Let’s cut to the chase. Self care itself is about our worth, our value, about loving ourselves. If we don’t see our worth, there will be resistance to taking care of ourselves.
I have described the process of self-care as T.A.P. While the process is simple, actually doing it will be quite hard without a base or foundation of self-love.
It’s bizarre how uncomfortable we can get when this subject comes up. We write poems and songs and speak publicly about our love for others…but, when it comes to self-love, there seems to be a conspiracy of silence. This silence extends into both loving ourselves and not loving ourselves.
If you have struggled with setting up and maintaining self care practices, a lack of self-love may be a root cause. It is worth moving through any discomfort this raises.
Are any of these reactions familiar?
- It doesn’t feel natural. If feels more like a ‘should’.
- You scoff when it is raised and get p#%*#d off that people don’t get just how busy you are and how impossible it is to make time for yourself.
- You nod in agreement when someone says how important it is BUT your inside voice is saying that you just don’t get why everybody is going on and on about it.
- Just entertaining the idea of self-care brings up guilt, fear or anxiety.
- You don’t have the foggiest idea how or where to start.
- It feels out and out selfish and self-indulgent.
- Taking care of others just feel easier.
- You feel weak and inadequate or needy with the idea of self care.
If you recognize yourself in any of the above scenarios, just own it. “Yup, that’s me.” This is the first step to moving through this barrier.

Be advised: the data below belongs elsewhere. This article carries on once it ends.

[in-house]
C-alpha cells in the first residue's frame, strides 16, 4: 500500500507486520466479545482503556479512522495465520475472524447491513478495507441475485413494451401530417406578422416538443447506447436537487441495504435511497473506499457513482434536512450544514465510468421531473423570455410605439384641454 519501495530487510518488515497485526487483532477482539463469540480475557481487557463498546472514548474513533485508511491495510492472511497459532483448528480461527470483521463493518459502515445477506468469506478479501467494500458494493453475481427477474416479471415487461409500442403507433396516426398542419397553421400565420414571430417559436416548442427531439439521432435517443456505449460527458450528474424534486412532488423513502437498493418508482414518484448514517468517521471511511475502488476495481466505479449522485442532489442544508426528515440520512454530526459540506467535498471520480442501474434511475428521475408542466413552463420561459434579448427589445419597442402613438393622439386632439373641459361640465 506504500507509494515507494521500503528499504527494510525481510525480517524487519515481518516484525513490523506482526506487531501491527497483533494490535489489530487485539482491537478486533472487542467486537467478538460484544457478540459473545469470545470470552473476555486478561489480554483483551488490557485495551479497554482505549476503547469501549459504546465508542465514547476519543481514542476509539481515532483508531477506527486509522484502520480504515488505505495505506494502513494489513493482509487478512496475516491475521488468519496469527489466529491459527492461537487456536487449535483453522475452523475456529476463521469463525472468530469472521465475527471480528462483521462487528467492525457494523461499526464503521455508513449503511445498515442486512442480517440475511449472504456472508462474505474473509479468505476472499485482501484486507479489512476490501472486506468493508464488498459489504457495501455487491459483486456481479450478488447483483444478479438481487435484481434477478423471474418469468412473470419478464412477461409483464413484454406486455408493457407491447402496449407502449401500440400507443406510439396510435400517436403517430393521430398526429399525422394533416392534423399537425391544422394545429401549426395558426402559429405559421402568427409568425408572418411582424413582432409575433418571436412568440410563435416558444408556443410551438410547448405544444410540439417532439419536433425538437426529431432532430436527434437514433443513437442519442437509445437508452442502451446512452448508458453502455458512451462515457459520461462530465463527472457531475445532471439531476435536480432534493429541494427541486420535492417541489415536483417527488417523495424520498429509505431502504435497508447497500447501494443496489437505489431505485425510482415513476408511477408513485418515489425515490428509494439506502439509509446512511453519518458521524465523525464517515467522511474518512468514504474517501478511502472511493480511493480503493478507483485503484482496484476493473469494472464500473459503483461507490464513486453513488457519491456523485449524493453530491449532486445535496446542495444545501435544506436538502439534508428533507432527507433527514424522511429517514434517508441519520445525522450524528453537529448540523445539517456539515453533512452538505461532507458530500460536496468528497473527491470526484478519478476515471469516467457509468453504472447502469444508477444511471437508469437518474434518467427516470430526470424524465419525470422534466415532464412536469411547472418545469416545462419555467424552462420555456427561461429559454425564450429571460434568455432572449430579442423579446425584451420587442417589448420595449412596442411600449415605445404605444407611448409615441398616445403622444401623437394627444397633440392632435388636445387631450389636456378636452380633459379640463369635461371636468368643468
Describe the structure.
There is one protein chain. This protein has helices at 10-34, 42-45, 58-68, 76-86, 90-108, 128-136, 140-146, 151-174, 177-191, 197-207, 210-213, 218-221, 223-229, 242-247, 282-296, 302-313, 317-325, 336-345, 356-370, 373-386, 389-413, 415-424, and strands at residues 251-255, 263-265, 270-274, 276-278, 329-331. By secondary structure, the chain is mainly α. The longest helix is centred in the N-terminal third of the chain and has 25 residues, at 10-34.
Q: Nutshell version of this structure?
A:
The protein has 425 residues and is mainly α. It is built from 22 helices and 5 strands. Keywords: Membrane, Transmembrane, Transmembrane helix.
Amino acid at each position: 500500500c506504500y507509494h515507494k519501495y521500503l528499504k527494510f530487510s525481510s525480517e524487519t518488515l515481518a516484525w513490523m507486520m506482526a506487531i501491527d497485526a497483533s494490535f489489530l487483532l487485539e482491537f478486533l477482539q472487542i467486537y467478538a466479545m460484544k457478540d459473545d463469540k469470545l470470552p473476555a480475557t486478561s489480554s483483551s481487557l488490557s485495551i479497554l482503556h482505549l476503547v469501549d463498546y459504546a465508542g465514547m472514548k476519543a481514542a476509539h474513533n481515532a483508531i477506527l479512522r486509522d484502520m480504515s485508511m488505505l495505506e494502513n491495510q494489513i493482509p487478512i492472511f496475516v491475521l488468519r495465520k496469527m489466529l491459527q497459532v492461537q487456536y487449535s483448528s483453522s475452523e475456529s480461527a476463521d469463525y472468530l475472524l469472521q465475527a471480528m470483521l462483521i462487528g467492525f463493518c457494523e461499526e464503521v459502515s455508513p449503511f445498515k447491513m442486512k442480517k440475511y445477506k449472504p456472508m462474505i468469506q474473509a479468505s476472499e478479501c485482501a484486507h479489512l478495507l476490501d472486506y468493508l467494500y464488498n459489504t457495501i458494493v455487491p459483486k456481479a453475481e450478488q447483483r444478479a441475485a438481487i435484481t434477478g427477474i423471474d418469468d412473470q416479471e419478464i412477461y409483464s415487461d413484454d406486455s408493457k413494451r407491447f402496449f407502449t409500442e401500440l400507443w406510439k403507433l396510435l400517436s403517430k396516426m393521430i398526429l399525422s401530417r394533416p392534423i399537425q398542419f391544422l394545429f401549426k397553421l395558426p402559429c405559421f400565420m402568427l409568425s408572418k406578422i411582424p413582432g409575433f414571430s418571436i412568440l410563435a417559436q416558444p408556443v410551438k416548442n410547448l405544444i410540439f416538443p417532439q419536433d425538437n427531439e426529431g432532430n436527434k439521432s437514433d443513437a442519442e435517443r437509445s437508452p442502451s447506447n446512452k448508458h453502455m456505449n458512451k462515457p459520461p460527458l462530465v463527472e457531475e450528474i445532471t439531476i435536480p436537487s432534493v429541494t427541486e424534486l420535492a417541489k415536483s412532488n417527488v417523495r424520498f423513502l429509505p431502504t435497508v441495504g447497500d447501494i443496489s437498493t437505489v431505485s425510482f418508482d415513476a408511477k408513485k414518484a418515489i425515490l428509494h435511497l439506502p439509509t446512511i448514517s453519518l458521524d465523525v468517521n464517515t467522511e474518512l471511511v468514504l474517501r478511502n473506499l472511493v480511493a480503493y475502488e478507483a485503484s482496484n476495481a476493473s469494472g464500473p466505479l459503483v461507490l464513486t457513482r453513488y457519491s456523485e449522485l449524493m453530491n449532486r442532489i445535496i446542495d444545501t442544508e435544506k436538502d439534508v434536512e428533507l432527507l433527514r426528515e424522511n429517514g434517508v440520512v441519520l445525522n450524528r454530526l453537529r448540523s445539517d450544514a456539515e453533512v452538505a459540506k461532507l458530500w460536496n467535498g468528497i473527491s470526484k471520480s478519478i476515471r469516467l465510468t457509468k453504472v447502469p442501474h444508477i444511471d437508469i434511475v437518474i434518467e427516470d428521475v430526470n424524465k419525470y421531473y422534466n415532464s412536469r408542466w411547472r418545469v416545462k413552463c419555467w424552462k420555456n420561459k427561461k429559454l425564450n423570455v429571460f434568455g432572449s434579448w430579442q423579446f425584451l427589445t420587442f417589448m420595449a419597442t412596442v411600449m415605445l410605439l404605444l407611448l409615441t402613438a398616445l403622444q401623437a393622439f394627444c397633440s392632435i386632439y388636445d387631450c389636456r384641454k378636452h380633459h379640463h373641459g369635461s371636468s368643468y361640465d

Bypass the Question ‘Why’
Asking the question “Why don’t I love myself enough to take better care of myself?” is a rabbit hole question. Even if you do figure it out, or create a story that answers the question, you are still left to take action to change it. Why not just go ahead and take action now?
Meditation or mindfulness practices are two effective ways to sever your identification with negative thoughts and self-talk.
Another way to tackle this problem is to apply the miracle question from a solution-focused perspective.
The Miracle Question
Imagine that you go to sleep tonight and a miracle occurs that completely solves this problem of lack of self-love. Because this happens while you are sleeping you have no way of knowing that there was an overnight miracle.
When you wake up, what will be the first sign that the miracle happened? What will be the first small clue to you that ‘whoa, something is different about me’? What is the next clue? And the next? And the next?
If you need further guidance, consider the following specific questions:
- What are you doing differently now that this problem has been completely solved?
- What are you no longer doing?
- What is different about how you think about yourself?
- What has changed about how you treat your body?
- How are you different with people in your life?
- What are people in your life noticing that is different about you?
A Future Full of Self-Love
These questions help us paint a picture of our future with a foundation of self-love and by extension, self care. These questions also nudge us to be concrete with our thoughts, feelings and behaviours.
We come up with our own answers. We really do have that wisdom within ourselves.
Who knew you could create your own miracle?
This article is written by Jane Vock. Jane is a caregiver expert at Elizz, she has a Master’s degree in Sociology and in Social Work, and over 25 years of experience working with caregivers and their families.